Is It Dangerous to Put Metal in a Microwave?
If properly handled, it is entirely safe to use metal in a microwave. The traditional wisdom stems from the fact that when improperly handled, metal can arc and cause problems. While it takes some care, and should certainly not just be attempted randomly, there is no reason why everyone shouldn’t be able to use metal in a microwave.
Microwave ovens work by using a device called a magnetron that sends out microwave radiation — electromagnetic waves — at a frequency of about 2.45 GHz, meaning they vibrate at almost two and a half billion times a second. When these waves come into contact with metal, they excite its electrons, which then start moving rapidly, and bounce the microwaves bounce off them. For this reason, we can say that metal reflects microwaves.
Many other substances, most notably water and fats, don’t reflect microwaves. Instead, they absorb the energy, which in turn heats up whatever absorbed it, and that’s how food gets cooked.
When one puts metal in a microwave, and that metal is long and pointed, it essentially acts as an antenna to the microwave energy bouncing off of it. This can create arcs of energy, which can cause sparks that tend to scare people. The sparks can also arc to the edge of the microwave if they’re near enough, and may even cause an increase in temperature within the magnetron, reducing the life of the microwave. Because of the danger to the life of the machine, and because of the fear such arcing causes in consumers, most manufacturers recommend that people not use metal in one.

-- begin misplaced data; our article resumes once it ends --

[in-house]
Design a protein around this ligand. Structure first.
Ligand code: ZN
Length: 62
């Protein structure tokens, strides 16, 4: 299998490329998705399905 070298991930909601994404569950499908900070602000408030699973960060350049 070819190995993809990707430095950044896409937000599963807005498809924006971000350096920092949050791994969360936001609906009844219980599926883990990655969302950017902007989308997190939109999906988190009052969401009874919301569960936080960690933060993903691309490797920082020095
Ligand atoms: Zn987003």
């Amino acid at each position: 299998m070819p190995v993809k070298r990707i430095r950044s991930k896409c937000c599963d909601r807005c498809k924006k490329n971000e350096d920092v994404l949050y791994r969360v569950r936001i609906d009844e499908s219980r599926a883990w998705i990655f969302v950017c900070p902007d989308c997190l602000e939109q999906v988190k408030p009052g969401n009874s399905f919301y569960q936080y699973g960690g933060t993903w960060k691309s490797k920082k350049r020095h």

These small arcs actually are almost never cause for alarm. A microwave is closed while operating, and a small arc of this magnitude is little different from a static discharge when your finger touches a piece of metal if you’ve been walking across carpet. Only certain metal in a microwave, most notably thin metal stripping that is often used as decoration on some china or glass, is cause for alarm. This metal can actually heat up enough to catch fire, or at least damage the item it’s on.
In fact, one of the biggest dangers people have when putting metal in a microwave is that they choose some sort of metal that has plastic attached. Many metal pots and pans have plastic handles made of phenolic, which may explode if placed in the microwave. There are, however, pots and pans made specifically for use in the microwave that are made of metal. These are usually labeled as Microwave Safe, and can be used for a wide range of cooking.
Although not for everyone, cooking with metal in a microwave can actually give results closer to traditional convection cooking than any other form of microwave cooking. If the proper materials are used, and care is taken, cooking with metal can produce brown crusts, and perfectly evenly heated foods.
I microwaved my travel mug that has trace metal in it (a.k.a. the screws attaching the handle to the mug). It's radiating this weird smell. Is it still safe to use? I rather not get brain damage or whatever from using it.